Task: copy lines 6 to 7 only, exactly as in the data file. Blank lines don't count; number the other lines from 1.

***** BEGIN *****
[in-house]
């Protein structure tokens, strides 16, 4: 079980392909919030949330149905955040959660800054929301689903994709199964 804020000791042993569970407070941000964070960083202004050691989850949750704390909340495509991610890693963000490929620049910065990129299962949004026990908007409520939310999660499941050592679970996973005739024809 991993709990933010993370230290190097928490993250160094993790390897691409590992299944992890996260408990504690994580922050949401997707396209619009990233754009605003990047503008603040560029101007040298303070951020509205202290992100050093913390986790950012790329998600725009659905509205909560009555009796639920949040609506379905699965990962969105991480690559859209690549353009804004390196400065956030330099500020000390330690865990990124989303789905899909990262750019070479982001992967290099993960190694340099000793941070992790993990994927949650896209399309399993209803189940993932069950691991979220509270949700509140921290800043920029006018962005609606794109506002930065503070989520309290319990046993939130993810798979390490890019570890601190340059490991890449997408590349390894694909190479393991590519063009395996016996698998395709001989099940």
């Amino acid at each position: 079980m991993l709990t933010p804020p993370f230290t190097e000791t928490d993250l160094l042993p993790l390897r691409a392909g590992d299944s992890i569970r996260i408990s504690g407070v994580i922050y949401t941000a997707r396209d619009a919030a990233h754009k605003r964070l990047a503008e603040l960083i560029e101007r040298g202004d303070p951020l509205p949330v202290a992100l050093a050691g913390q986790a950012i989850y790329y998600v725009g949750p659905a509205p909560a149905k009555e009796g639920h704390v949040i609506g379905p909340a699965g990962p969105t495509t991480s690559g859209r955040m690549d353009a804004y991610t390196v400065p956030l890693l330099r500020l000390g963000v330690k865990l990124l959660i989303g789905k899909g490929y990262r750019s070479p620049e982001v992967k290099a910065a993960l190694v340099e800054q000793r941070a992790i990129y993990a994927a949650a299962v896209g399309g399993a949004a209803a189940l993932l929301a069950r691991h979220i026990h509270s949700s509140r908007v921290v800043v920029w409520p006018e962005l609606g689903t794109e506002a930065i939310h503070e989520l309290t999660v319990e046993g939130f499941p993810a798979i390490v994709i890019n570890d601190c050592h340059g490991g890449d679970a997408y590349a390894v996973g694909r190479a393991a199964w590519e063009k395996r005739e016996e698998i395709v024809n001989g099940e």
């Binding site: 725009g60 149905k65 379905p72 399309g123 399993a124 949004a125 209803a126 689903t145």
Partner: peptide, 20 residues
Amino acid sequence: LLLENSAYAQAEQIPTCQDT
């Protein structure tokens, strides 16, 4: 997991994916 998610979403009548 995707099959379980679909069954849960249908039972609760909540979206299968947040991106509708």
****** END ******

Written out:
Amino acid sequence: LLLENSAYAQAEQIPTCQDT
């Protein structure tokens, strides 16, 4: 997991994916 998610979403009548 995707099959379980679909069954849960249908039972609760909540979206299968947040991106509708």